Our research proves just how widespread slavery on British soil really was
When the UK’s involvement in slavery is publicly discussed, it’s often from a position of looking at how it unfolded in former British colonies. But there are numerous resources that continue to prove the opposite.
One of them – Runaways London, a new project from literature charity Spread the Word, in partnership with the University of Glasgow where I am Director of the Beniba Centre for Slavery Studies, and Ink Sweat & Tears Press shows just how close to home the legacy of slavery really is.
Research on enslaved people who were brought to Britain by myself and slavery scholar Professor Simon P. Newman shows that Black servants and entertainers were employed by royalty and nobility as early as the 16th century.
As participation in the transatlantic slave trade was encouraged, slavery on British soil not only occurred, but grew in popularity. Leaving poor and working-class men to oversee estate management, many planters often returned to Britain with enslaved domestic servants. According to Historian Gretchen Holbrook Gerzina, wealthy families came to view Black servants as “fashion accessories”.
The existence of enslaved Blacks on British soil was justified as early as 1729 by semi-legal confirmations that an enslaved person’s status was transferrable across geography. Therefore, whether in the presence of his or her legal owner in the colonial Americas, Britain or elsewhere, the enslaved were still bound as chattel.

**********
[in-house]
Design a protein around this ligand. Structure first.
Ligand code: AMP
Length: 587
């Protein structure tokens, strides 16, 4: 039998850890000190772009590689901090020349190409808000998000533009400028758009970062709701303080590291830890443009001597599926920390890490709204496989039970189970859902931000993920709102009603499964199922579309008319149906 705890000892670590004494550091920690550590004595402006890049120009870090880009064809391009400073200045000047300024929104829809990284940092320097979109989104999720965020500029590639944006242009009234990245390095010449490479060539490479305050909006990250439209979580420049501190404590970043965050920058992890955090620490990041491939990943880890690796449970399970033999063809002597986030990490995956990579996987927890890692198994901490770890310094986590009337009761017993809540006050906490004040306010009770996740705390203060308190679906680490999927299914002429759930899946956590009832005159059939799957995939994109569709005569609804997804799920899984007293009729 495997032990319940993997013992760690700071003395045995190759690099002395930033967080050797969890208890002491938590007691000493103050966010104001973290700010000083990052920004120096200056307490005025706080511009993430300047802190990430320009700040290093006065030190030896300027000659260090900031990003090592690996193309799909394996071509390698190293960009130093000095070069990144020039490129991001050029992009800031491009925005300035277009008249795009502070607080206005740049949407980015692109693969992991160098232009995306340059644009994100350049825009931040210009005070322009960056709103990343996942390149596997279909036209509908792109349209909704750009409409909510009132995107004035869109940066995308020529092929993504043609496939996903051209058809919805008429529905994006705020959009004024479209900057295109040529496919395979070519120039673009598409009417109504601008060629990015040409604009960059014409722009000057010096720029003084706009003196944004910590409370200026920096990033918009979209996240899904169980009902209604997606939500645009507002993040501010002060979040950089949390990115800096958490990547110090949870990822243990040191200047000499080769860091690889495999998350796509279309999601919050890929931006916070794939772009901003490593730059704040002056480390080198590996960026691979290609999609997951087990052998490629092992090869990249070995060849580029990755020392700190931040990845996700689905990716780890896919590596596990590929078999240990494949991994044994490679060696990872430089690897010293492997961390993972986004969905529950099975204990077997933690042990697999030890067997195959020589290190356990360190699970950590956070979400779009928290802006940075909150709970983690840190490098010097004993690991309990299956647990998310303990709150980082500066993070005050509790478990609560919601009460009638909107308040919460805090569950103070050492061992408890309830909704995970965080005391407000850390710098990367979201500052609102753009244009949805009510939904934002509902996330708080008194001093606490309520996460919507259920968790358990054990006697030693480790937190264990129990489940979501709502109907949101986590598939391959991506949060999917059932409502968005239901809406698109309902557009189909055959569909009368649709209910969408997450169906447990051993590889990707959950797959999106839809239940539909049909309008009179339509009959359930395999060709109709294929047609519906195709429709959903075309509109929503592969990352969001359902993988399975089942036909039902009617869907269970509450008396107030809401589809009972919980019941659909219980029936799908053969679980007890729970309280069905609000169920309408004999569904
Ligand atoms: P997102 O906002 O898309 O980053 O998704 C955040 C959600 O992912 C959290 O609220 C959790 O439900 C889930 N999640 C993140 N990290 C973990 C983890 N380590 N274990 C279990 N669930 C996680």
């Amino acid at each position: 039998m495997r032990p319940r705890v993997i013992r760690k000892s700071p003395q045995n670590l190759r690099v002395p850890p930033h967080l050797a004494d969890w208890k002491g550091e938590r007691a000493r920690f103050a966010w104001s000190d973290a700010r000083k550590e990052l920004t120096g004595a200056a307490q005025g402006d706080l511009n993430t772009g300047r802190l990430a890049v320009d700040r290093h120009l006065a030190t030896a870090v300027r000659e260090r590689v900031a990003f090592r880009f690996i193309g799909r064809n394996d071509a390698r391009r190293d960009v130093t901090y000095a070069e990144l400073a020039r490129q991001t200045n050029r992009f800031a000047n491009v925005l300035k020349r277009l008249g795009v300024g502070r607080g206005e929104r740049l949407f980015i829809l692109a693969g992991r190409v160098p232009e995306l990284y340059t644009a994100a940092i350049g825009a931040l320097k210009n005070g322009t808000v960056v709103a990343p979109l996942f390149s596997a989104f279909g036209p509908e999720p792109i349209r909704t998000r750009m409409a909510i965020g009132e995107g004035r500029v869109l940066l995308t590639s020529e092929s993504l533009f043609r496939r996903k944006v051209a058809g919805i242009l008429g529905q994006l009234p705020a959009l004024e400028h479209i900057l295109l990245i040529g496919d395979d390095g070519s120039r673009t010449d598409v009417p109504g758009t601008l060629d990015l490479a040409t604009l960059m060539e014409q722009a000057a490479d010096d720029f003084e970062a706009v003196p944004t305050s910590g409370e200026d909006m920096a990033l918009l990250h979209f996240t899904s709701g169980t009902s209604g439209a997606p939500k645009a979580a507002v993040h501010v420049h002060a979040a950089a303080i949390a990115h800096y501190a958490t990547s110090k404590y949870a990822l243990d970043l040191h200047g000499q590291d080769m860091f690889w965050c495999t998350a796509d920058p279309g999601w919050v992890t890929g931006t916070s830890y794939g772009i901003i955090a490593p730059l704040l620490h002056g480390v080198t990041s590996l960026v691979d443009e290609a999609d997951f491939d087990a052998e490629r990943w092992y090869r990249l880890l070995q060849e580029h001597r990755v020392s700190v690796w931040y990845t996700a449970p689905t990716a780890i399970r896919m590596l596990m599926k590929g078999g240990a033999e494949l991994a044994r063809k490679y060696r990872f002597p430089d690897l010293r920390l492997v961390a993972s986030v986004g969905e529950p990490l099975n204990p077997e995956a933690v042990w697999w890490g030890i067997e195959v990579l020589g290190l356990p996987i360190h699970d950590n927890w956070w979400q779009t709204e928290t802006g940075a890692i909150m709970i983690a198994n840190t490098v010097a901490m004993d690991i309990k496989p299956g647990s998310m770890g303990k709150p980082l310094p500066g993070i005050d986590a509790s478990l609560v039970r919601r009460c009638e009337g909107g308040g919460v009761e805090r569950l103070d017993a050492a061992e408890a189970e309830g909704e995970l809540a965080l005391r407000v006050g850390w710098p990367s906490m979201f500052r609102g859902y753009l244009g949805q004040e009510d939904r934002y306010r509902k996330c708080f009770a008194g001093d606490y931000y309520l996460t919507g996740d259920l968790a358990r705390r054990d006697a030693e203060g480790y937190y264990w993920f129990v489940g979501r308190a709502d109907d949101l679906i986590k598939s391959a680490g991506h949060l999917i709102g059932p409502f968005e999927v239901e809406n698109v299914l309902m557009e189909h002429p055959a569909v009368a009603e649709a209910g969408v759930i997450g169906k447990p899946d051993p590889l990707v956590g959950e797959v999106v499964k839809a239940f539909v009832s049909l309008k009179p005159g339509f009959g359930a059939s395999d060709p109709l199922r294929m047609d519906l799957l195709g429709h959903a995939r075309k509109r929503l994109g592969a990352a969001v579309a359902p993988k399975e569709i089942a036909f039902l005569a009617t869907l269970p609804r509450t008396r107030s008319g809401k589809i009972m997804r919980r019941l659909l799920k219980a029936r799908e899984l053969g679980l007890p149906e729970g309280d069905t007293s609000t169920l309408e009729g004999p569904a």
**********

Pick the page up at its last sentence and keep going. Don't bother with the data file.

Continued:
Being the UK’s capital city, London’s urban population was and continues to be the most populated in the country. While the minority of bound and enslaved labourers in London were of South Asian descent (from countries known today as India and Pakistan) and an even smaller number from indigenous American groups, the majority were of African descent either via the continent or the British colonial islands of the Caribbean.
By the late 18th century, the Black population of London was estimated to be between two and four per cent. Historians have not yet tallied historic Black populations in other parts of the UK, (if at all possible to know as so many lived and worked as fugitives). While there were enslaved and bound labourers forcibly working throughout the UK, the highest number of runaway adverts were in and around London.
For contemporary comparative reference, ethnicity statistics based on the 2011 Census (updated in 2018), estimates Black British citizens of African and/or African Caribbean ancestry stand at three per cent of the total UK population.